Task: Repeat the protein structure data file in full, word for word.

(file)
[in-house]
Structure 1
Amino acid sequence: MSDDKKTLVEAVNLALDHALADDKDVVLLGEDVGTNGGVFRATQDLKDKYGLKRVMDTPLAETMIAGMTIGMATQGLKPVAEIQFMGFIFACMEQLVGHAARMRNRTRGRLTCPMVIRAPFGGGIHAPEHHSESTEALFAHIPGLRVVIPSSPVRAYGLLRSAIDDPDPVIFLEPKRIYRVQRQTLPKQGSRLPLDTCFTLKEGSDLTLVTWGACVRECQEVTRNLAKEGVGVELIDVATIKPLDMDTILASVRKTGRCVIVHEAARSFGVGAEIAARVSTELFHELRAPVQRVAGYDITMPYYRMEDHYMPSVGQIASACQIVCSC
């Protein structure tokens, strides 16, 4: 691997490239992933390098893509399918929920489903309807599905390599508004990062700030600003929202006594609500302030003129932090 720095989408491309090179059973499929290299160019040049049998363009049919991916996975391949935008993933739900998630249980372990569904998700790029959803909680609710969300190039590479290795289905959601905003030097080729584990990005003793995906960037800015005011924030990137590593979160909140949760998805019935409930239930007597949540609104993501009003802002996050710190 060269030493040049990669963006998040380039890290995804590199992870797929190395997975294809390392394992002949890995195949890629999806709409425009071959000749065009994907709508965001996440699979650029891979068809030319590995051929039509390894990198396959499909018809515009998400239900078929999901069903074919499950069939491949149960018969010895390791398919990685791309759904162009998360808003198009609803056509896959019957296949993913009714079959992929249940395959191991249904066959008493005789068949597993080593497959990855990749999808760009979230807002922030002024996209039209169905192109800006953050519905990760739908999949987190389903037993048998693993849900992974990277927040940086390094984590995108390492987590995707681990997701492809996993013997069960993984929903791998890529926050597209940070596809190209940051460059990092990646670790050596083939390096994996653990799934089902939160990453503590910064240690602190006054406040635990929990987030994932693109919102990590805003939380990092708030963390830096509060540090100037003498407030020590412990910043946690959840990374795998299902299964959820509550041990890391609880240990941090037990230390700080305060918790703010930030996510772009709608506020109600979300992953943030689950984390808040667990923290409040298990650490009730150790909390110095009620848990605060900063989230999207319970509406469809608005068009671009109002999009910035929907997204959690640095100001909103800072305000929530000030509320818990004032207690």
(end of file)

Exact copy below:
[in-house]
Structure 1
Amino acid sequence: MSDDKKTLVEAVNLALDHALADDKDVVLLGEDVGTNGGVFRATQDLKDKYGLKRVMDTPLAETMIAGMTIGMATQGLKPVAEIQFMGFIFACMEQLVGHAARMRNRTRGRLTCPMVIRAPFGGGIHAPEHHSESTEALFAHIPGLRVVIPSSPVRAYGLLRSAIDDPDPVIFLEPKRIYRVQRQTLPKQGSRLPLDTCFTLKEGSDLTLVTWGACVRECQEVTRNLAKEGVGVELIDVATIKPLDMDTILASVRKTGRCVIVHEAARSFGVGAEIAARVSTELFHELRAPVQRVAGYDITMPYYRMEDHYMPSVGQIASACQIVCSC
């Protein structure tokens, strides 16, 4: 691997490239992933390098893509399918929920489903309807599905390599508004990062700030600003929202006594609500302030003129932090 720095989408491309090179059973499929290299160019040049049998363009049919991916996975391949935008993933739900998630249980372990569904998700790029959803909680609710969300190039590479290795289905959601905003030097080729584990990005003793995906960037800015005011924030990137590593979160909140949760998805019935409930239930007597949540609104993501009003802002996050710190 060269030493040049990669963006998040380039890290995804590199992870797929190395997975294809390392394992002949890995195949890629999806709409425009071959000749065009994907709508965001996440699979650029891979068809030319590995051929039509390894990198396959499909018809515009998400239900078929999901069903074919499950069939491949149960018969010895390791398919990685791309759904162009998360808003198009609803056509896959019957296949993913009714079959992929249940395959191991249904066959008493005789068949597993080593497959990855990749999808760009979230807002922030002024996209039209169905192109800006953050519905990760739908999949987190389903037993048998693993849900992974990277927040940086390094984590995108390492987590995707681990997701492809996993013997069960993984929903791998890529926050597209940070596809190209940051460059990092990646670790050596083939390096994996653990799934089902939160990453503590910064240690602190006054406040635990929990987030994932693109919102990590805003939380990092708030963390830096509060540090100037003498407030020590412990910043946690959840990374795998299902299964959820509550041990890391609880240990941090037990230390700080305060918790703010930030996510772009709608506020109600979300992953943030689950984390808040667990923290409040298990650490009730150790909390110095009620848990605060900063989230999207319970509406469809608005068009671009109002999009910035929907997204959690640095100001909103800072305000929530000030509320818990004032207690």